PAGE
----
There has been a number of messages lately about $5. kits and the overall
prices of trains today.
I found an excellent web page put out by the Minneapolis Federal Reserve
Bank titled "What is a dollar worth? Using the consumer price index, you can
calculate what services and products of another time were compared to today.
Just enter the proper figures and it will calculate the amount. The web
site is http://www.FoundCollection.com/
I think many of the people who complain about the cost are younger modellers
or people new to the hobby.
Let's look at the 'good old days'. I grabbed my April 1955 issue of Model
Railroader and plugged in the prices and here's what I got.:
An MRC Model Pack power pack. It was rated at 2 1/2 amps, with an on-off
switch and direction control. A fuse holder was mounted externally on the
metal cabinet housing the rheostat. The price was $21.75. According to the
above calculations, today's price would be $145.51. Wow! That's comparable
to a low-end DCC system.
A Hobbytown Alco RS-3 was $24.95 and an E-7 $29.95. That's $166.92 and
$200.37 respectively. That's with an all metal shell with no added details.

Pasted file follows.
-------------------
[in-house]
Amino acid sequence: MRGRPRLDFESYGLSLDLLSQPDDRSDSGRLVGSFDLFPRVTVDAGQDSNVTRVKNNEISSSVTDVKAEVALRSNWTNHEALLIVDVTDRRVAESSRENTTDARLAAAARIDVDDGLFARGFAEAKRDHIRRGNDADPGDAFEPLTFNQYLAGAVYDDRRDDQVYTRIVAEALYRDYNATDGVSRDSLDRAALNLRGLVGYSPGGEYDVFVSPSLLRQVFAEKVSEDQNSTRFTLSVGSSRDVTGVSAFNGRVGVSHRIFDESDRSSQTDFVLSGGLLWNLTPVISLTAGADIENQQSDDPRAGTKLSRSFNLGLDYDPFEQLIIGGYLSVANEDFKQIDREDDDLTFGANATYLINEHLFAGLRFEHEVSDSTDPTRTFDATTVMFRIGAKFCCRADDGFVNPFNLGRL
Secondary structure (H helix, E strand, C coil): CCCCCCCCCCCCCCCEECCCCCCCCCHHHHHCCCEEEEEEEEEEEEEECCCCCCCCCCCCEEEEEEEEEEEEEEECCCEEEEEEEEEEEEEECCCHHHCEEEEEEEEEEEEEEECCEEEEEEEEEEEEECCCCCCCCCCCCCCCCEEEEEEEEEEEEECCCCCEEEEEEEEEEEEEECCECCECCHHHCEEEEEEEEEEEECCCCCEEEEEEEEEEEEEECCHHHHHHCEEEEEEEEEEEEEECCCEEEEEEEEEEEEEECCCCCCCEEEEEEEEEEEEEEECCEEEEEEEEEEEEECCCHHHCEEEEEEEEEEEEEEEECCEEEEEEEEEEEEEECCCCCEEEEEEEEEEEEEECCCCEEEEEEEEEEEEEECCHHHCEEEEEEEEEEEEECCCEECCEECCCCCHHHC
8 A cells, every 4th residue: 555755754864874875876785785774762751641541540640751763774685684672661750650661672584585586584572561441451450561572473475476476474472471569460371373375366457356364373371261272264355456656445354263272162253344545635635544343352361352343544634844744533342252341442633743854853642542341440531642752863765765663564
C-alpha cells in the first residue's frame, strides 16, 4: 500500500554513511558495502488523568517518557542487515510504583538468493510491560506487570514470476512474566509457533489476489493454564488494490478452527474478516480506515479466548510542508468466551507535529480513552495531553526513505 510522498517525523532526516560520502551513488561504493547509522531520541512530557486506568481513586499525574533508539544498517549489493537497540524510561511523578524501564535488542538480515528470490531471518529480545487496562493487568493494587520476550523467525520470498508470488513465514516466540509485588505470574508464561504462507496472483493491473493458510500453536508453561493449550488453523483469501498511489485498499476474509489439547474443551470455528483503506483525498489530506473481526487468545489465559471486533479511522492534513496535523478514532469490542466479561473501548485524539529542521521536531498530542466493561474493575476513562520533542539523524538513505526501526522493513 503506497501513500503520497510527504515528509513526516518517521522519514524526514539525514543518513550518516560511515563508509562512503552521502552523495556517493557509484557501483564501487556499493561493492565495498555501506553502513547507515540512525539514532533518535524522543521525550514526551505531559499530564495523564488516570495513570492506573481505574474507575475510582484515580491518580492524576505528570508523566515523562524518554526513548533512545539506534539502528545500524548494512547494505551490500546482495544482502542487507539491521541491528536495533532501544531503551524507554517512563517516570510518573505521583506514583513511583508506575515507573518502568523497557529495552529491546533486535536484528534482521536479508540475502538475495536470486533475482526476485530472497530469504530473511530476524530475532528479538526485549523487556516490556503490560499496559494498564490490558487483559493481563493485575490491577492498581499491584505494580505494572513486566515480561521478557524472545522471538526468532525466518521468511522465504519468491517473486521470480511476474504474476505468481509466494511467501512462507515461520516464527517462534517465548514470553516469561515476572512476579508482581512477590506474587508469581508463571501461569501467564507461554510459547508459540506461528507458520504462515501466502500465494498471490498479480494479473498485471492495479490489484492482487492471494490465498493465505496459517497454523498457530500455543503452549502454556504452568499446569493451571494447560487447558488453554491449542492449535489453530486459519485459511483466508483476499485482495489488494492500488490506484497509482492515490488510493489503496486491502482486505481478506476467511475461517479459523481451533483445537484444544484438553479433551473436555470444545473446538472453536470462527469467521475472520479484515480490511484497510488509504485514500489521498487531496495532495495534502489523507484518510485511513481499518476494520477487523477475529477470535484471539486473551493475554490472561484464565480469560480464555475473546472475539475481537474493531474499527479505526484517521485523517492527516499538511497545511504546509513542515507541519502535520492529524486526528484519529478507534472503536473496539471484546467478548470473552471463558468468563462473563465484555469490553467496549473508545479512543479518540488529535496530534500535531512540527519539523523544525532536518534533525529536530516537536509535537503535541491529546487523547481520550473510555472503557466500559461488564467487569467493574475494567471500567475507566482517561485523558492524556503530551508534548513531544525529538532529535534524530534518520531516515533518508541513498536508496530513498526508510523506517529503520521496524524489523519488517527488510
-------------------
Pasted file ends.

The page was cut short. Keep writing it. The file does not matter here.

A Varney F unit KIT was $14.95. That's just the drive system; no shell.
That's $100.02 in today's funds. AND, the trucks on the drive system had no
side frames. You had to buy a dummy unit to get the sideframes.
Twin coil switch machines were $2.95, that's $19.74 each; much higher than a
Tortise drive of today.
A Penn Line K4 kit was $34.50 or $230.82 today. A Challenger locomotive kit
was $52.50 and the tender an additional $8.50.
for a total of $408.11 in today's funds.
That's just a sampling. You can see where things were not only more
expensive then, but the quality wasn't even close to what it is today. Many
youngsters at that time didn't have as many job opportunities as today's
***s have (less fast food restaurants then), so a paper route could only
buy so much.
The only items that are comparatively more expensive today are brass
locomotives, but the brass of the 50's was very crude by today's standards.
So, pull out your old magazines, get some prices and make some comparisons.
You can also plug in a price from today and see what it would have cost in
other years. Truly, I believe, this is the Golden Age of model railroading.
Of course, unless it gets even better.